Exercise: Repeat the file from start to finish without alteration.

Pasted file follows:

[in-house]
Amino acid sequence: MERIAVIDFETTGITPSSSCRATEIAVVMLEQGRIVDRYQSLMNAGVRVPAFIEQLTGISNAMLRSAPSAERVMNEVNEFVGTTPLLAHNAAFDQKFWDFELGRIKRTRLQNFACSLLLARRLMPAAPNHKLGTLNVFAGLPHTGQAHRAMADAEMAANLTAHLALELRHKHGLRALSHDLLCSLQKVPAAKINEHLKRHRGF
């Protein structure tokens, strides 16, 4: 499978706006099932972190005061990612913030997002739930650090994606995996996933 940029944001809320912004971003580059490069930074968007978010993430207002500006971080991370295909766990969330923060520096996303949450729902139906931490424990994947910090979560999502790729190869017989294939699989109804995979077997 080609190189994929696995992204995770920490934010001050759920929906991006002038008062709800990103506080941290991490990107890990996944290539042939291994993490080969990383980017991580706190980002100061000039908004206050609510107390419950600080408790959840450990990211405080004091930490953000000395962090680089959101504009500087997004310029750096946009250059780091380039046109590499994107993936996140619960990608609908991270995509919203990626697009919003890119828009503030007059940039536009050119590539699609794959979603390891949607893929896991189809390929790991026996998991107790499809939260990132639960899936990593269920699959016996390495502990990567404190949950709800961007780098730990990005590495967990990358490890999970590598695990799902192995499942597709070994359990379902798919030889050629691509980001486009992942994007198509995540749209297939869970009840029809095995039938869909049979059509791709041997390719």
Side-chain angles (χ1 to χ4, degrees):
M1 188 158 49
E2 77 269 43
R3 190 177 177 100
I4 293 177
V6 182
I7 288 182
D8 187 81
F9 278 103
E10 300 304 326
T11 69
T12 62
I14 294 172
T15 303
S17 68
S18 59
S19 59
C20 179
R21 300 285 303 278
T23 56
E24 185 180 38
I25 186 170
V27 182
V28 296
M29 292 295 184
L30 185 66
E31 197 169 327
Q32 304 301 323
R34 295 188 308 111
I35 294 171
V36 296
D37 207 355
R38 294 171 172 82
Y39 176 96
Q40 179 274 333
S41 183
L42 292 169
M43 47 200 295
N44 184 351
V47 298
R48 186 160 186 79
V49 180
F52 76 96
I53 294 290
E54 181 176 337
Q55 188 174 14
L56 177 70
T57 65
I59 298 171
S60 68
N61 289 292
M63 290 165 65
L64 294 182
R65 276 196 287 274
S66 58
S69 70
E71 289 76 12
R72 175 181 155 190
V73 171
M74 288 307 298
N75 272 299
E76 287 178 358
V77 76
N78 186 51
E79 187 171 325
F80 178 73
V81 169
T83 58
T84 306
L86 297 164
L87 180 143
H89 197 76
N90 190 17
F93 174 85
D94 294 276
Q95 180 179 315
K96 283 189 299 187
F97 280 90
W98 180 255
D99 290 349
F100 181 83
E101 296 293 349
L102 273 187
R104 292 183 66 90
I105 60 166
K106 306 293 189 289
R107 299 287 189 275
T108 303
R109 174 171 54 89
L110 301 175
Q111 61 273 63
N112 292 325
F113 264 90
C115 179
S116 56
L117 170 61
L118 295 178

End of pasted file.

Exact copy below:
[in-house]
Amino acid sequence: MERIAVIDFETTGITPSSSCRATEIAVVMLEQGRIVDRYQSLMNAGVRVPAFIEQLTGISNAMLRSAPSAERVMNEVNEFVGTTPLLAHNAAFDQKFWDFELGRIKRTRLQNFACSLLLARRLMPAAPNHKLGTLNVFAGLPHTGQAHRAMADAEMAANLTAHLALELRHKHGLRALSHDLLCSLQKVPAAKINEHLKRHRGF
């Protein structure tokens, strides 16, 4: 499978706006099932972190005061990612913030997002739930650090994606995996996933 940029944001809320912004971003580059490069930074968007978010993430207002500006971080991370295909766990969330923060520096996303949450729902139906931490424990994947910090979560999502790729190869017989294939699989109804995979077997 080609190189994929696995992204995770920490934010001050759920929906991006002038008062709800990103506080941290991490990107890990996944290539042939291994993490080969990383980017991580706190980002100061000039908004206050609510107390419950600080408790959840450990990211405080004091930490953000000395962090680089959101504009500087997004310029750096946009250059780091380039046109590499994107993936996140619960990608609908991270995509919203990626697009919003890119828009503030007059940039536009050119590539699609794959979603390891949607893929896991189809390929790991026996998991107790499809939260990132639960899936990593269920699959016996390495502990990567404190949950709800961007780098730990990005590495967990990358490890999970590598695990799902192995499942597709070994359990379902798919030889050629691509980001486009992942994007198509995540749209297939869970009840029809095995039938869909049979059509791709041997390719």
Side-chain angles (χ1 to χ4, degrees):
M1 188 158 49
E2 77 269 43
R3 190 177 177 100
I4 293 177
V6 182
I7 288 182
D8 187 81
F9 278 103
E10 300 304 326
T11 69
T12 62
I14 294 172
T15 303
S17 68
S18 59
S19 59
C20 179
R21 300 285 303 278
T23 56
E24 185 180 38
I25 186 170
V27 182
V28 296
M29 292 295 184
L30 185 66
E31 197 169 327
Q32 304 301 323
R34 295 188 308 111
I35 294 171
V36 296
D37 207 355
R38 294 171 172 82
Y39 176 96
Q40 179 274 333
S41 183
L42 292 169
M43 47 200 295
N44 184 351
V47 298
R48 186 160 186 79
V49 180
F52 76 96
I53 294 290
E54 181 176 337
Q55 188 174 14
L56 177 70
T57 65
I59 298 171
S60 68
N61 289 292
M63 290 165 65
L64 294 182
R65 276 196 287 274
S66 58
S69 70
E71 289 76 12
R72 175 181 155 190
V73 171
M74 288 307 298
N75 272 299
E76 287 178 358
V77 76
N78 186 51
E79 187 171 325
F80 178 73
V81 169
T83 58
T84 306
L86 297 164
L87 180 143
H89 197 76
N90 190 17
F93 174 85
D94 294 276
Q95 180 179 315
K96 283 189 299 187
F97 280 90
W98 180 255
D99 290 349
F100 181 83
E101 296 293 349
L102 273 187
R104 292 183 66 90
I105 60 166
K106 306 293 189 289
R107 299 287 189 275
T108 303
R109 174 171 54 89
L110 301 175
Q111 61 273 63
N112 292 325
F113 264 90
C115 179
S116 56
L117 170 61
L118 295 178